Greenpod hits the road to prove a foundational point

Posted 8/7/19

For the first time in eight years, Greenpod Development’s embattled showroom model of their eco-friendly tiny home, “Waterhaus,” did what tiny homes are supposed to do and moved away on the back of a truck.

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Greenpod hits the road to prove a foundational point

Posted

For the first time in eight years, Greenpod Development’s embattled showroom model of their eco-friendly tiny home, “Waterhaus,” did what tiny homes are supposed to do and moved away on the back of a truck.

A landmark at 1531 Sims Way since 2011, the house was loaded up the morning of Aug. 2 and trucked to the Washington Tiny House Show in Puyallup.

For Greenpod owner Ann Raab, the trip to Puyallup is more than an average business trip.

With the help of her employees and Pete’s Towing Service out of Des Moines, WA, Raab unhooked the stairs, packed up the Greenpod business sign and took off out Sims Way on Friday to prove a point to City Hall.

“I gotta make it move,” she said. “I’m showing them that this is what we do.”

Raab is the founder of Greenpod Development, a company that works to create eco-friendly prefabricated tiny homes with an emphasis on highlighting local craftsmen and artisans for the interior design.

Since 2011, Raab has had several showroom models located in the lot of a former gas station on Sims Way. She has been clashing with the city’s development officials over the permitting of the Waterhaus.

Raab initially had an agreement with the city of Port Townsend to use the space for modular homes, for showing and office space only.

But after one of the homes burned down in an electrical fire in February of 2018, the city has given Raab notice that she needs to complete a building permit in order to keep the tiny homes located at the lot.

The fire was caused by a resident who Raab had allowed to live in the showroom, despite initially agreeing that the buildings would not be used for living in. Raab removed the other homes, save the Waterhaus, which has sat at the lot since then.

City documents show that Raab had never completed a permit for the building.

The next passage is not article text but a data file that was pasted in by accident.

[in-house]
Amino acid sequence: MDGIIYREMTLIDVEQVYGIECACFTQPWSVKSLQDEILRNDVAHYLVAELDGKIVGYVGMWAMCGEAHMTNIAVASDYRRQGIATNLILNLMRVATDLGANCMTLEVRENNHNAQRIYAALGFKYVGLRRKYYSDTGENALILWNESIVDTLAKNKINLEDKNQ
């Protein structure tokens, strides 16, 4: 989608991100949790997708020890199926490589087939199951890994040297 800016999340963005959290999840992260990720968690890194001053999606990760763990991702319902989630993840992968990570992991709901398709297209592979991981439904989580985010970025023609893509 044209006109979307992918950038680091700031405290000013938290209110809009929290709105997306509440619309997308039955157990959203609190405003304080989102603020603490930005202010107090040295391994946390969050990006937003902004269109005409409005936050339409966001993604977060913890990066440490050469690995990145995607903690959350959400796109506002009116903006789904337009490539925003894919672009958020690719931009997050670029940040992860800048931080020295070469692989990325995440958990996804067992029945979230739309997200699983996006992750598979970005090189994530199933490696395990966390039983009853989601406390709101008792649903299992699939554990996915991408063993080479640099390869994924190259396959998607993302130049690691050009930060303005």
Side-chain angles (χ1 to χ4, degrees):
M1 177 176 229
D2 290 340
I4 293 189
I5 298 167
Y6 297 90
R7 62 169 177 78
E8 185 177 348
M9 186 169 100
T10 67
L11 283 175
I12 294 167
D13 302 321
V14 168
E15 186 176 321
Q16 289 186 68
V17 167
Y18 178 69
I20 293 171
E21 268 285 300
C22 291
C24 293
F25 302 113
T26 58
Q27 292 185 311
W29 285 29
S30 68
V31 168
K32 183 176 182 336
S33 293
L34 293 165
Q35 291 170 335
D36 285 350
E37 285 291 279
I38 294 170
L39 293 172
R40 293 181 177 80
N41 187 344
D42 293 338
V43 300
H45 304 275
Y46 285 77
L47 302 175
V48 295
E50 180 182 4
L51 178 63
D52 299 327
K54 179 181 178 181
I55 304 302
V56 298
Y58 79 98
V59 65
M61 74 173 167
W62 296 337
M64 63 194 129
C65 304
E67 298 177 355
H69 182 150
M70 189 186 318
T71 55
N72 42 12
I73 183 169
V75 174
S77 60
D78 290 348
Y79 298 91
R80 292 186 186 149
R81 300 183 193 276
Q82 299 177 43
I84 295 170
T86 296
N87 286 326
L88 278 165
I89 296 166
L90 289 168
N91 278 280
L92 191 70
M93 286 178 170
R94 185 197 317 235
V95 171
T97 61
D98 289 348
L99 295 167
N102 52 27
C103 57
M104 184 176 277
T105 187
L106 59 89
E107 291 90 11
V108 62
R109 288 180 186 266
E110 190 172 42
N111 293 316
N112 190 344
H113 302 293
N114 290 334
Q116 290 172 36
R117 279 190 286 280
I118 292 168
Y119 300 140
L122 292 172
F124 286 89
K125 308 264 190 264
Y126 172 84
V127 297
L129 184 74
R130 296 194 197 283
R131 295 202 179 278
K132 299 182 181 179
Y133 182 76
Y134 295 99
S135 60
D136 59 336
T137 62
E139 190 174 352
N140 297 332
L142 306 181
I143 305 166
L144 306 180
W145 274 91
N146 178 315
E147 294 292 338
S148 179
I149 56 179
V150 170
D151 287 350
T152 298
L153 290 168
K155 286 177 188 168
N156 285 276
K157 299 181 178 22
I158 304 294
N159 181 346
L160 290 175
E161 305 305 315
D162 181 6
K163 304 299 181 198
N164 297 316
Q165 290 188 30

The city issued a citation in July of 2017, stating that Raab would be charged a fine if she did not comply with city building codes for safety reasons.

But Raab is arguing that completing a permit would require permanently affixing the model home to the ground. This goes against her business model.

“We would make it permanent if it was on its final location, but we’re just showing it right now,” she said.

Raab intended to use the space only as a model home area and wants the ability to move the tiny home around so she can take it to shows. Raab says the city code does not require a model home to be affixed to the ground if it is in a model home area.

Raab said she has “lawyered up” to try to fight the city on what they are requiring her to do.

“I don’t even own the property,” she said. “They’re wanting me to put a permanent foundation around a showhouse.”

An April 2018 letter from the owners of the property, Norm and Linda Sather, said that they do not want to have foundations added to the property.

“We are very surprised that the city is insisting on foundations since these are not permanent structures, they are show homes and inventory for sale,” wrote the Sathers. “We would think that they would be treated as a mobile home site, where the mobile homes sit on concrete blocks until sold.”

Raab said the tiny home has a stanchion foundation made of reinforced steel and concrete that meets code requirements.

But the city’s issue with the Waterhaus goes beyond its foundation. The city’s Development Services Department has found that Raab’s tiny home lacked a permit that showed safe and official plans for the home’s construction.

“I could add footings, matter of fact I have it all engineered and ready to go, but why should I?” she said. “There’s no logic to it at all. I’ve already had two engineers show them that the lateral supports are fine, just the way it is.”

A building plan review from the city’s building official Angela Garcia shows that Raab’s construction documents only have partial designs that are not officially “stamped” by engineers.

Because of the city’s citation, Raab has been charged with a $250 fine daily since around February.

“The case has been going on since February, so the fines could be over $40,000,” said Chris Ashcraft, Chief Criminal Deputy for Jefferson County.

Ashcraft is working with city officials to help Raab get into compliance with building code.

“The ultimate goal is not to impose the fines, but instead, to get the person to comply with the code for the good of the community,” Ashcraft said.

Raab has attempted to apply for a permit numerous times, but they have been incomplete, according to city records.

Raab said the city has been difficult to work with.

“They say I timed out,” she said. “I didn’t even know that you could time out on a building permit. … Without saying it, these guys got it in for us. They have been so restrictive to the point of limiting what we can do at all.”

Technically, while the Waterhaus is away at the Washington Tiny House Show, Raab is in the clear: when it’s not there, she is not violating any building code.

But if Raab moves the Waterhaus back, her fight with the city will continue.

“We’ll be back Monday,” she said. “We need to show people the future we are trying to create.”

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